From Screen Daily June 17, 2009: Iranian Kurdish filmmaker Bahman Ghobadi whose film No One Knows About the Persian Cats opened Un Certain Regard in Cannes was arrested by police on his return to Iran after being accused of “severe criticism” of the Iranian Government during the festival. He was released with a caution on June 9.
His arrest and subsequent release followed the release of Roxani Saberi, Ghobadi’s fiancée and co-writer of Cats. She was initially sentenced to an eight-year prison term for espionage in April. An appeal court reduced her punishment to a two-year suspended sentence and she was released from Tehran’s Evin Prison in May, shortly before Cannes.
Although exact details about the charges against Saberi remain unknown, it is thought that the initial charge of “passing secret information” had been reduced to “having access to classified information”. Saberi was also banned from working as a journalist in Iran for five years.
French company Wild Bunch is handling sales of Cats. The film highlights Tehran’s underground rock and heavy metal community, who borrow Western melodies to write political songs. It won a special jury prize in the Un Certain Regard competition of the Cannes Film Festival.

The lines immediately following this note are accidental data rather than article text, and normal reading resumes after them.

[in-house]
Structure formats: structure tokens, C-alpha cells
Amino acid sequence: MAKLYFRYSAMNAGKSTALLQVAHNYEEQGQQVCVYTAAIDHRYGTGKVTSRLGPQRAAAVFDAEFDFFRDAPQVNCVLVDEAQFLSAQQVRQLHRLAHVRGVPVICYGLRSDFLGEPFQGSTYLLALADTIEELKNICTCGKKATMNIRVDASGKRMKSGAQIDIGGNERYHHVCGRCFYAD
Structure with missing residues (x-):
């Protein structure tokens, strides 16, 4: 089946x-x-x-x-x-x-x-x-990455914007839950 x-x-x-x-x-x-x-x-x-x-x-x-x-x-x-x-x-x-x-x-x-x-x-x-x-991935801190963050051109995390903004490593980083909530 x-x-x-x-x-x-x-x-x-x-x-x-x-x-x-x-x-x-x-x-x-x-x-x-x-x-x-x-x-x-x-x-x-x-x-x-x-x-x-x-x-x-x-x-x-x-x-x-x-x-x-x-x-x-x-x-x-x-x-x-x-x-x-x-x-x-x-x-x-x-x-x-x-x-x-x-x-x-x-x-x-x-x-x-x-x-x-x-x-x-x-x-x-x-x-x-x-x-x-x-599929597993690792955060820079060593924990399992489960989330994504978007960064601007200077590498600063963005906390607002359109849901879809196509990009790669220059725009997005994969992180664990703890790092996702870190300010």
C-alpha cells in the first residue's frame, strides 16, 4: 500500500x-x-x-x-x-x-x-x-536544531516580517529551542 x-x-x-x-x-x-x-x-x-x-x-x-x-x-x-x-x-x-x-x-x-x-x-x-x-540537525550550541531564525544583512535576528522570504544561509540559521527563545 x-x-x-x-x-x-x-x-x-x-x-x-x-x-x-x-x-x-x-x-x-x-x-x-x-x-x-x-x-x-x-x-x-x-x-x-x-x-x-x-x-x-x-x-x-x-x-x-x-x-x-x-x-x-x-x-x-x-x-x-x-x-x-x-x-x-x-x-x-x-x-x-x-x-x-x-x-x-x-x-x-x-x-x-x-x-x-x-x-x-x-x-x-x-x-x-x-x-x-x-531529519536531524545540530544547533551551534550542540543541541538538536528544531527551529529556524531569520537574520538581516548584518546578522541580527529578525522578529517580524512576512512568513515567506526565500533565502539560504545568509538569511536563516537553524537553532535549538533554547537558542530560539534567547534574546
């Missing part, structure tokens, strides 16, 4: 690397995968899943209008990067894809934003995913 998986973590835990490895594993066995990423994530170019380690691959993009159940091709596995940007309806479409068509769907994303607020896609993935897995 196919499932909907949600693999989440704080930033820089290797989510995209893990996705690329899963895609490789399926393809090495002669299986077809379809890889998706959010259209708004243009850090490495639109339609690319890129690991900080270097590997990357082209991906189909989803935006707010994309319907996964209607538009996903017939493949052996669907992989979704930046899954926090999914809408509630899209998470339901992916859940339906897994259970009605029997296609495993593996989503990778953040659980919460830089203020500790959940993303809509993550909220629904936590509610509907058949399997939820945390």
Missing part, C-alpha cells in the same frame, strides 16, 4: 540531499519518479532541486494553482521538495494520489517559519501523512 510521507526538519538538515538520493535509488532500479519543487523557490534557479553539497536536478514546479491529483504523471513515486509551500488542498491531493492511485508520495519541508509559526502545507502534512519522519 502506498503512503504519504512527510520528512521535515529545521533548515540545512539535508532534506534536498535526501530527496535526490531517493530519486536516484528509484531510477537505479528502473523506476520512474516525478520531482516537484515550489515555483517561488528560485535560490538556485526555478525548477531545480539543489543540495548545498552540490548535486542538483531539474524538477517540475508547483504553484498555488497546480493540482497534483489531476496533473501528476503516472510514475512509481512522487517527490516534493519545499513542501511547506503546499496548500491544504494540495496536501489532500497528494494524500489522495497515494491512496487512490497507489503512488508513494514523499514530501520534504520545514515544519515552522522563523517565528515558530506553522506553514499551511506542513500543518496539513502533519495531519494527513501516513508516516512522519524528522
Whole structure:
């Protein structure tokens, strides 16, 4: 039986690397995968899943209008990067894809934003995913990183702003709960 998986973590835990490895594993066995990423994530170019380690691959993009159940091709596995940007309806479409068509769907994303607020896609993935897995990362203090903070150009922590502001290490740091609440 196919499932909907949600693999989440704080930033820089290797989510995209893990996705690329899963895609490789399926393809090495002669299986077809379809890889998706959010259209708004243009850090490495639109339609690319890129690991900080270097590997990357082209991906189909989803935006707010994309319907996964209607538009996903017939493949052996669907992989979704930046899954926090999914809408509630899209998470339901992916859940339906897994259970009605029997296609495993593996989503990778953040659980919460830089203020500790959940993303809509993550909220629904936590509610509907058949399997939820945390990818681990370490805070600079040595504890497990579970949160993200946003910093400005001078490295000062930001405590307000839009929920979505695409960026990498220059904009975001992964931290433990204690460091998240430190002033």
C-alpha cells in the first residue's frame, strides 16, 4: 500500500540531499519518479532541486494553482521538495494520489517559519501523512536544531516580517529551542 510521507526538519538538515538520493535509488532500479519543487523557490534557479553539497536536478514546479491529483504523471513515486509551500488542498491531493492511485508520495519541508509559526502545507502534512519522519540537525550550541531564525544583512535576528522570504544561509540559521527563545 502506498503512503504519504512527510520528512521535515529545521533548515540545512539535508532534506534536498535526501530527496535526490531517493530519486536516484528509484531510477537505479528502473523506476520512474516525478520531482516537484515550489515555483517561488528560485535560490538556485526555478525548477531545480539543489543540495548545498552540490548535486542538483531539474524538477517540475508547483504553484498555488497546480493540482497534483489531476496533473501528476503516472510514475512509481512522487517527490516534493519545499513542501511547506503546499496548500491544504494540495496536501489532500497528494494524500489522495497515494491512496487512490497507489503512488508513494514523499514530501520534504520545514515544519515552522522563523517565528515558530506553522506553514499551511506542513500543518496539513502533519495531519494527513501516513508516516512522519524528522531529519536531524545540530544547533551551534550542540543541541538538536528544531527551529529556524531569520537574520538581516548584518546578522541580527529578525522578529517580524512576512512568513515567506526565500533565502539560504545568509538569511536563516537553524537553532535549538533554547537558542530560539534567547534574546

Ghobadi shot Cats underground in 17 days with an S12K camera. In Iran, 35mm equipment is owned by the state. The title refers to a law that bans dogs and cats from being outdoors. Wild Bunch is working with Ghobadi on his next project.
Iran is currently facing its biggest political protests for 30 years following last week’s disputed presidential poll. President Mahmoud Ahmadinejad was re-elected last week with almost two-thirds of the votes but supporters of defeated candidate, Mir Hossein Mousavi, are protesting against what they claim is a fraudulent poll.
Protests have led to clashes in Tehran between protesters and security forces and heavy restrictions have been placed on foreign media reporting unauthorised demonstrations. Further protests were expected today (June 17).